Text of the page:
Churchill's scheme had the backing of the Admiralty but he came up against resistance from Chamberlain. Chamberlain's attitude, wrote Dr Thomas Jones, a former Deputy Secretary to the Cabinet, 'was costive and dull ... (He) talks of endurance and victory in the most defeatist tones.'
By contrast, Churchill always appeared confident, though he never promised miracle solutions. His speeches in Parliament and broadcasts were realistic and hopeful but also defiant. His broadcast of 1 October, in which he spoke of the threat to Britain from German submarines, demonstrated his approach. 'I speak as First Lord of the Admiralty with special caution,' Churchill began. 'It would seem that

[Churchill on the Outbreak of War, 3 September  1939  --  We must not underrate the gravity of the task which lies before us, or the temerity of the ordeal.... We must expect many disappointments and many unpleasant surprises .... The Prime Minister said it was a sad day, and that is indeed true, but at the present time there is another note which may be present, and that is a feeling of thankfulness that, if these great trials were to come upon our island, there is a generation of Britons here now ready to prove itself not unworthy ... of those great men, the fathers of our land, who laid the foundations of our laws and shaped the greatness of our country.]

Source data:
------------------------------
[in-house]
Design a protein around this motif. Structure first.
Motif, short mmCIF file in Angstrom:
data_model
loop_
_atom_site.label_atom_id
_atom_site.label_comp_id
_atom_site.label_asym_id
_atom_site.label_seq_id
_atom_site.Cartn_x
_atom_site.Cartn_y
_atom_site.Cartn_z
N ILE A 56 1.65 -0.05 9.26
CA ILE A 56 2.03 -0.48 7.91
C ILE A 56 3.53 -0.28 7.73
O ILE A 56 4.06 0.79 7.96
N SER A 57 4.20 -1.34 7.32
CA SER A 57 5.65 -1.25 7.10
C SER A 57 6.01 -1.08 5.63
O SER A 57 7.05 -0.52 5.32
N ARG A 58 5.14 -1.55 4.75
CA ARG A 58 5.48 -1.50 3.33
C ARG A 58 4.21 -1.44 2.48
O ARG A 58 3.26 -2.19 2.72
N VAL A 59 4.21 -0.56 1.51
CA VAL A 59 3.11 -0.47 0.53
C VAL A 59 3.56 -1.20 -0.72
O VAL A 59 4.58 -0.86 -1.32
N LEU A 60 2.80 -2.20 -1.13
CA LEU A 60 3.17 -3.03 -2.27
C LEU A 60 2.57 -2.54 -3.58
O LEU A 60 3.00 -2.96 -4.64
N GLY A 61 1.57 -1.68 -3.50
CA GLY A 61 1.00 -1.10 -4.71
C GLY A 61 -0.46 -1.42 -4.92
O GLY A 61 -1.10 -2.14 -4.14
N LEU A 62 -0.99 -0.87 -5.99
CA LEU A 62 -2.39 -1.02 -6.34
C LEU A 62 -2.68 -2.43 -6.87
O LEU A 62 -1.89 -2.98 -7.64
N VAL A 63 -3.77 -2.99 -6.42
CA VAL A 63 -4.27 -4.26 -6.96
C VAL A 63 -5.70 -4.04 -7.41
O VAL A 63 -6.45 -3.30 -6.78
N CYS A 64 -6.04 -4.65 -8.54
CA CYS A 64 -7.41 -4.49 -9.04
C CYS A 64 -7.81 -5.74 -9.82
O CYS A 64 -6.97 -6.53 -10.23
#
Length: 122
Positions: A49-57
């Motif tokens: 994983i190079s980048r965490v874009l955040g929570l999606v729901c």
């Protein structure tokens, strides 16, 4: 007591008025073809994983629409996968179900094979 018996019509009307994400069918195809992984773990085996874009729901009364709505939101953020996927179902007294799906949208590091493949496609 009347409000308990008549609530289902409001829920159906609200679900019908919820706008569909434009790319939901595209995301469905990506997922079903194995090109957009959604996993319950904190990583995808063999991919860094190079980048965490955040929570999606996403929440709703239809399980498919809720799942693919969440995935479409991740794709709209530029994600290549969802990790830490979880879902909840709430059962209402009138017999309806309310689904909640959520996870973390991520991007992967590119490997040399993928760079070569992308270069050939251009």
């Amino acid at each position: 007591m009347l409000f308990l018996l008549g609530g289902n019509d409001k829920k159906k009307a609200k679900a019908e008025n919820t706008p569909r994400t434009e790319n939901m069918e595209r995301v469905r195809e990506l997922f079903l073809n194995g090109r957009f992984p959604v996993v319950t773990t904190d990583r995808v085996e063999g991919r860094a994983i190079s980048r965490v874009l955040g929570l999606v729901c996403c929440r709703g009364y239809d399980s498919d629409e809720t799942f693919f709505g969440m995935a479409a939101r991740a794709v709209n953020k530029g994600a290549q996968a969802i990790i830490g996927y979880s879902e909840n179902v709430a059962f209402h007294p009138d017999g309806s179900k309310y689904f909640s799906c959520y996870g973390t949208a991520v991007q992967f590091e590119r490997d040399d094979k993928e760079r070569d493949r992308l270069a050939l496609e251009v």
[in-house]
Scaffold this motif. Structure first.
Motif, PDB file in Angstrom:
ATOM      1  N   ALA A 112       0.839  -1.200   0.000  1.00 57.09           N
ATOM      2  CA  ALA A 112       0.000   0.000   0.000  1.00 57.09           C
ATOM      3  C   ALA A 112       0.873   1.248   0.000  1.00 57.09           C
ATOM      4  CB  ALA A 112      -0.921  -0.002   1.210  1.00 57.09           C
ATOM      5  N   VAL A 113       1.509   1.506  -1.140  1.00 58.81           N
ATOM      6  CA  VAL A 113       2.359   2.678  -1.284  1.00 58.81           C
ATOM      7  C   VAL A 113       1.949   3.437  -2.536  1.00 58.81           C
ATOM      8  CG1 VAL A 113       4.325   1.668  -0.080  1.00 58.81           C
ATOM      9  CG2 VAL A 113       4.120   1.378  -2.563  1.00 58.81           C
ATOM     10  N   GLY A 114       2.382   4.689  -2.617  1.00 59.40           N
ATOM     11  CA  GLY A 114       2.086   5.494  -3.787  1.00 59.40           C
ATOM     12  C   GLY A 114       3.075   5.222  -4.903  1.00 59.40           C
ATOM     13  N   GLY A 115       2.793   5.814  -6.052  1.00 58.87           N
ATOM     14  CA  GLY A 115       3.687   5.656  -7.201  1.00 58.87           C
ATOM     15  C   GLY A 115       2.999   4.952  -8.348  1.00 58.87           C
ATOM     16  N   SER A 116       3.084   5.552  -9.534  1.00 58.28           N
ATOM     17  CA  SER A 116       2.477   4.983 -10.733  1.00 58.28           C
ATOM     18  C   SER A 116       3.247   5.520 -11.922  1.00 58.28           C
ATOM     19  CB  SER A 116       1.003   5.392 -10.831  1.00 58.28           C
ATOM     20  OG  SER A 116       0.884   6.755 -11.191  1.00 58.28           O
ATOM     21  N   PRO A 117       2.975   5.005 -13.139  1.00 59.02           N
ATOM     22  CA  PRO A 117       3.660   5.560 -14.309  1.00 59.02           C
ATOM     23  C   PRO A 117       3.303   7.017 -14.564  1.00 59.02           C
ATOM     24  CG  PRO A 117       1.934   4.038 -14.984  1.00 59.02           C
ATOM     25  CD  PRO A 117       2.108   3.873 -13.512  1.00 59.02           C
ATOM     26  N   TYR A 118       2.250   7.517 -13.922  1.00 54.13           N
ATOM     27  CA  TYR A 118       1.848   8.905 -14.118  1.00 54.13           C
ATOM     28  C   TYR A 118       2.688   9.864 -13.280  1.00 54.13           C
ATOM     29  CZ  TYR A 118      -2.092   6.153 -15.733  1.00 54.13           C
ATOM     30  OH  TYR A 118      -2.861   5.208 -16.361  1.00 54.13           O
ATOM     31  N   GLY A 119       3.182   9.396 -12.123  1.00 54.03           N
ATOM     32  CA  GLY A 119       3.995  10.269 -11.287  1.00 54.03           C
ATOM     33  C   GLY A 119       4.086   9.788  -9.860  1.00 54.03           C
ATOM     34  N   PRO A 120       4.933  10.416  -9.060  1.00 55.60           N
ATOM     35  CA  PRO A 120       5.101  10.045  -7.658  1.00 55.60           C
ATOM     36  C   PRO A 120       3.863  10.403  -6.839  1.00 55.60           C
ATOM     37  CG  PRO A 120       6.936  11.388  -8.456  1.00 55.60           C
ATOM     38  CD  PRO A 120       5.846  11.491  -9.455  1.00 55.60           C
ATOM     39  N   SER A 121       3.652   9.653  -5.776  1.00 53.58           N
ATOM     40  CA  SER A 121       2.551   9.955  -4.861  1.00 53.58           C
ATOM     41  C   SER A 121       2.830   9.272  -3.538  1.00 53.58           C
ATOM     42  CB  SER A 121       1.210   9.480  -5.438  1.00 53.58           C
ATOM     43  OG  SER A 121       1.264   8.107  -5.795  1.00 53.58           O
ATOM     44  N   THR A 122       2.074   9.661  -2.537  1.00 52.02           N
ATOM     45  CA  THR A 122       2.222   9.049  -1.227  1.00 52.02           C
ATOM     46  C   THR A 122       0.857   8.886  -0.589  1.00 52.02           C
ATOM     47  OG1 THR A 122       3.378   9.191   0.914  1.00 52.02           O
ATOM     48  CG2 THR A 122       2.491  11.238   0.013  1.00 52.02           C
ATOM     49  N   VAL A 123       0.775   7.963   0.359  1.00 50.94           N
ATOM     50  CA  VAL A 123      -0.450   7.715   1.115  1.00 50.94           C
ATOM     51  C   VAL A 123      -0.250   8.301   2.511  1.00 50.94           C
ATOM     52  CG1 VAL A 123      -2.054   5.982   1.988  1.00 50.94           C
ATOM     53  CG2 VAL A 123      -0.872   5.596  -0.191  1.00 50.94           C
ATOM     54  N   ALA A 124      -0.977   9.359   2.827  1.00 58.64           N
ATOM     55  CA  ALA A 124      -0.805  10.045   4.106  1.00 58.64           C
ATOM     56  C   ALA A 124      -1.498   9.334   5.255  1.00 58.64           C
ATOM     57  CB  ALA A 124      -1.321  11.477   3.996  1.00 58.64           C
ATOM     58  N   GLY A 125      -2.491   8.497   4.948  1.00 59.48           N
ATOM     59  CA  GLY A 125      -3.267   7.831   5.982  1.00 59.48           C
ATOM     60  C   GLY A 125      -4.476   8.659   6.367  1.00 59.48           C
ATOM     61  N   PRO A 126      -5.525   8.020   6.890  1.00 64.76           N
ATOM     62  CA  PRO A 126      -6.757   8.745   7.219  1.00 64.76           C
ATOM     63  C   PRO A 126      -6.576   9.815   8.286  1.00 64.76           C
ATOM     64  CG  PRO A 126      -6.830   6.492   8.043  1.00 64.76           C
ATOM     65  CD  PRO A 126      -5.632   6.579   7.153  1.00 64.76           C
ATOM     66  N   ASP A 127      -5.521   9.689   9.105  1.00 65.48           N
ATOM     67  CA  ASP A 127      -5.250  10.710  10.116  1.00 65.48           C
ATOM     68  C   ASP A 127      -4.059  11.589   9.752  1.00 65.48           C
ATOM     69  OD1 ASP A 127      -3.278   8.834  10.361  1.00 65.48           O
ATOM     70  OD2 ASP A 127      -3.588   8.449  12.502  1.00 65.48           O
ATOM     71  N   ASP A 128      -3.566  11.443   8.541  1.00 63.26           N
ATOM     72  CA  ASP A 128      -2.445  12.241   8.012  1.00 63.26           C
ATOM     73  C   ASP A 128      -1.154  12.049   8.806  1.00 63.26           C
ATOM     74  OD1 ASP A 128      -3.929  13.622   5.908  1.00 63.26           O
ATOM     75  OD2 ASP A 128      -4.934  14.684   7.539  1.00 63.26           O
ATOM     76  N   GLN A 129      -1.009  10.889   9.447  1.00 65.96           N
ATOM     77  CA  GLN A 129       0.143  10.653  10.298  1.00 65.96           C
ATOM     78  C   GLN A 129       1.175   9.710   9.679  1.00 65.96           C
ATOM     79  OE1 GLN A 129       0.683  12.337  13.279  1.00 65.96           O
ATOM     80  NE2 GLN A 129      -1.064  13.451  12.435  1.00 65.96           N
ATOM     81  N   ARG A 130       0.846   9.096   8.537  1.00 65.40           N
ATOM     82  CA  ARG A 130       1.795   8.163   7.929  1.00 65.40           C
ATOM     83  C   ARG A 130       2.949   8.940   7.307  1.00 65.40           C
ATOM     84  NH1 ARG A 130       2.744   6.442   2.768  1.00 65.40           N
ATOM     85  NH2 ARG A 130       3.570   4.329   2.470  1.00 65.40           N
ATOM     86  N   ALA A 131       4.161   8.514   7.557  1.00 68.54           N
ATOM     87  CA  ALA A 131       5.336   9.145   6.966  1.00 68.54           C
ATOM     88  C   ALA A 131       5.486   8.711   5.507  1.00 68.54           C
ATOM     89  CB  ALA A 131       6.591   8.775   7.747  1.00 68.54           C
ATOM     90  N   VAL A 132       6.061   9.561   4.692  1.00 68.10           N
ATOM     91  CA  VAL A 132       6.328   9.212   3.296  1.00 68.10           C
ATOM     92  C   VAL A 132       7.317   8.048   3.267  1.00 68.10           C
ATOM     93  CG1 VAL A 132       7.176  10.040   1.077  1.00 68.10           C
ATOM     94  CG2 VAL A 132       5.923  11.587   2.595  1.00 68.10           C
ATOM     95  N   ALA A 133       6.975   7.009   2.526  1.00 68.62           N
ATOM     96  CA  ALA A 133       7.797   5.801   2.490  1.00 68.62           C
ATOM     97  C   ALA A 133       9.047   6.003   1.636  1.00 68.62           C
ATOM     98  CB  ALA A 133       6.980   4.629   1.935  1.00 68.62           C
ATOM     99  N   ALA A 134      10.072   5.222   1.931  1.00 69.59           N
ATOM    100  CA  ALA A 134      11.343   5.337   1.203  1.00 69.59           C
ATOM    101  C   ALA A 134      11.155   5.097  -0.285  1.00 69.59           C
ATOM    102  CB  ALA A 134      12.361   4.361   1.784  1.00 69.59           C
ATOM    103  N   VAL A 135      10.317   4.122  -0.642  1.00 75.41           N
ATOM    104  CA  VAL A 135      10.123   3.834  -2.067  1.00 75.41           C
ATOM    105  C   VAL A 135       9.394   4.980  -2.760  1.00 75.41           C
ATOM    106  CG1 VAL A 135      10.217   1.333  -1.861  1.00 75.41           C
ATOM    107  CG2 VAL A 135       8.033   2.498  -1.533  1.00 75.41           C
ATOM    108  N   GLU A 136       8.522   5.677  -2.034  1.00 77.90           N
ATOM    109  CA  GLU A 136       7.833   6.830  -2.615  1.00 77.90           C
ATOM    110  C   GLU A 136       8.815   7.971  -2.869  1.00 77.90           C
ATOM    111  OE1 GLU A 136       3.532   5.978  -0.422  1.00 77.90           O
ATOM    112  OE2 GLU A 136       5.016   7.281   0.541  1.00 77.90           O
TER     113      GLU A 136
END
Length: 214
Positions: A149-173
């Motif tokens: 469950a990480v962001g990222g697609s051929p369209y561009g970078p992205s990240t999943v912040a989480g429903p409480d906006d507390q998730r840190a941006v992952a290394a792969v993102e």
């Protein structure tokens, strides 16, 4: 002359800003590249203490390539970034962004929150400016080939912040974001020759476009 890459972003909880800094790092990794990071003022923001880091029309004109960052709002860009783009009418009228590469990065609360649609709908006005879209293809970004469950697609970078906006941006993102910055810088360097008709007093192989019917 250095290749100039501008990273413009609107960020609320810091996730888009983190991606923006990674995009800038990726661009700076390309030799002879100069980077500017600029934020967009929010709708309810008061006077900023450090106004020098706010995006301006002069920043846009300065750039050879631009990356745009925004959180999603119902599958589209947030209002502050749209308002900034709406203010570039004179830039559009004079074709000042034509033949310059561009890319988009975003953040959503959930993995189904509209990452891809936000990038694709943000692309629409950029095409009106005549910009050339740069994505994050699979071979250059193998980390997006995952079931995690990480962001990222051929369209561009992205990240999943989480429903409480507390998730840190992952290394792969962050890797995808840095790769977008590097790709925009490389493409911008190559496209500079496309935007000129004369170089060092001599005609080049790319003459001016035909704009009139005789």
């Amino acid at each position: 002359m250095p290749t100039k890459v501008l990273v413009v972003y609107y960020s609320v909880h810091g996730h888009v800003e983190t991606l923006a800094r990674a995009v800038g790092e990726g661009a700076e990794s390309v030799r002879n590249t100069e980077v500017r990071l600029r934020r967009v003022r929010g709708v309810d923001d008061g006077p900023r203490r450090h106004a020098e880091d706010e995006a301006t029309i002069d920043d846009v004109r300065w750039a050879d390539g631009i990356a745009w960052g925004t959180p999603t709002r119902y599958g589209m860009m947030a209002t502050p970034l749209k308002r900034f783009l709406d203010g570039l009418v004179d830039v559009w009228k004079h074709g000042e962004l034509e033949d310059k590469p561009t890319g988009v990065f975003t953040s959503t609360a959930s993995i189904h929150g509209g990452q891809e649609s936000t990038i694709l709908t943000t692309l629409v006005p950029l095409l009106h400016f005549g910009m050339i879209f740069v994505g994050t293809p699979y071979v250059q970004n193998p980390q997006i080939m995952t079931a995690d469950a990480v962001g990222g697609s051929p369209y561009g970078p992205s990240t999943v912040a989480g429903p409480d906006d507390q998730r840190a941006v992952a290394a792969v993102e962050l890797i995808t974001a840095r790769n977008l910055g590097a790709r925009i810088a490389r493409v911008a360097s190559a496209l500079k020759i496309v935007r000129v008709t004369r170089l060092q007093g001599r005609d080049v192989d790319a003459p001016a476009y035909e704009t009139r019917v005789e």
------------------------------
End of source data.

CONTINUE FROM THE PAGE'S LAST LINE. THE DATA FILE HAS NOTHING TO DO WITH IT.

the U-boat attack upon the life of the British Isles has not so far proved successful. It is true that when they sprang out upon us and we were going about our ordinary business ... they managed to do some serious damage. But the Royal Navy has immediately attacked the U-boats and is hunting them night and day .... We must, of course, expect that the U-boat attack upon the seaborne commerce of the world will be renewed presently on a greater scale. We hope, however, that by the end of October we shall' have three times as many hunting craft at work ... and we hope that ... our means of putting down this pest will grow continually.' The war, Churchill warned, might last for as long as three years, but Britain would fight to the end, 'convinced that we are the defenders of civilisation and freedom'.

Unlike many of his colleagues, Churchill did not shy away from, danger,. When, on 5 October, 1939, Adolf Hider indicated his readiness to negotiate peace with Britain and France in exchange for recognition of German dominance over Poland and Czechoslovakia, some ministers, including the Foreign Secretary, Lord Halifax, were tempted to bargain. Churchill refused even

[November 1939 Churchill met with General John Gort (centre), Commander-in-Chief of the British Expeditionary Force, which was defending the Franco-Belgian border. The BEF was formed after the Boer War as a small unit for rapid overseas deployment. But by May 1940, it had 10 infantry divisions, a tank brigade and an RAF detachment of some 500 aircraft.]
to consider negotiations unless reparations were made to the conquered peoples and their 'effective life and sovereignty' were restored.